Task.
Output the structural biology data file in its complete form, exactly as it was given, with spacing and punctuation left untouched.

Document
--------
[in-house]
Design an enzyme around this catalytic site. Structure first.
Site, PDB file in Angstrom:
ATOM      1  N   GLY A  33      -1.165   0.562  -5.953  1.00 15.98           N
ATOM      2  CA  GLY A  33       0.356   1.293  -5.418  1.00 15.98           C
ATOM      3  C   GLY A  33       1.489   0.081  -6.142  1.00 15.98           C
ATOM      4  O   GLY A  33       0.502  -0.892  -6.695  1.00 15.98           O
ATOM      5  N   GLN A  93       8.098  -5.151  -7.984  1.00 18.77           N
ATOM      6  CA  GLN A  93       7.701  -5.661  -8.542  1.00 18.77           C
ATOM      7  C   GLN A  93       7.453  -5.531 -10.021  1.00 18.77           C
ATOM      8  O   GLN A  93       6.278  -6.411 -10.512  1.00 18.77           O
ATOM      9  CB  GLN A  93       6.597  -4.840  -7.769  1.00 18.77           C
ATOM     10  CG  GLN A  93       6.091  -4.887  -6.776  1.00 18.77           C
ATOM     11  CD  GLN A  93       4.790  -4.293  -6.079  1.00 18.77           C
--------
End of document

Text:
[in-house]
Design an enzyme around this catalytic site. Structure first.
Site, PDB file in Angstrom:
ATOM      1  N   GLY A  33      -1.165   0.562  -5.953  1.00 15.98           N
ATOM      2  CA  GLY A  33       0.356   1.293  -5.418  1.00 15.98           C
ATOM      3  C   GLY A  33       1.489   0.081  -6.142  1.00 15.98           C
ATOM      4  O   GLY A  33       0.502  -0.892  -6.695  1.00 15.98           O
ATOM      5  N   GLN A  93       8.098  -5.151  -7.984  1.00 18.77           N
ATOM      6  CA  GLN A  93       7.701  -5.661  -8.542  1.00 18.77           C
ATOM      7  C   GLN A  93       7.453  -5.531 -10.021  1.00 18.77           C
ATOM      8  O   GLN A  93       6.278  -6.411 -10.512  1.00 18.77           O
ATOM      9  CB  GLN A  93       6.597  -4.840  -7.769  1.00 18.77           C
ATOM     10  CG  GLN A  93       6.091  -4.887  -6.776  1.00 18.77           C
ATOM     11  CD  GLN A  93       4.790  -4.293  -6.079  1.00 18.77           C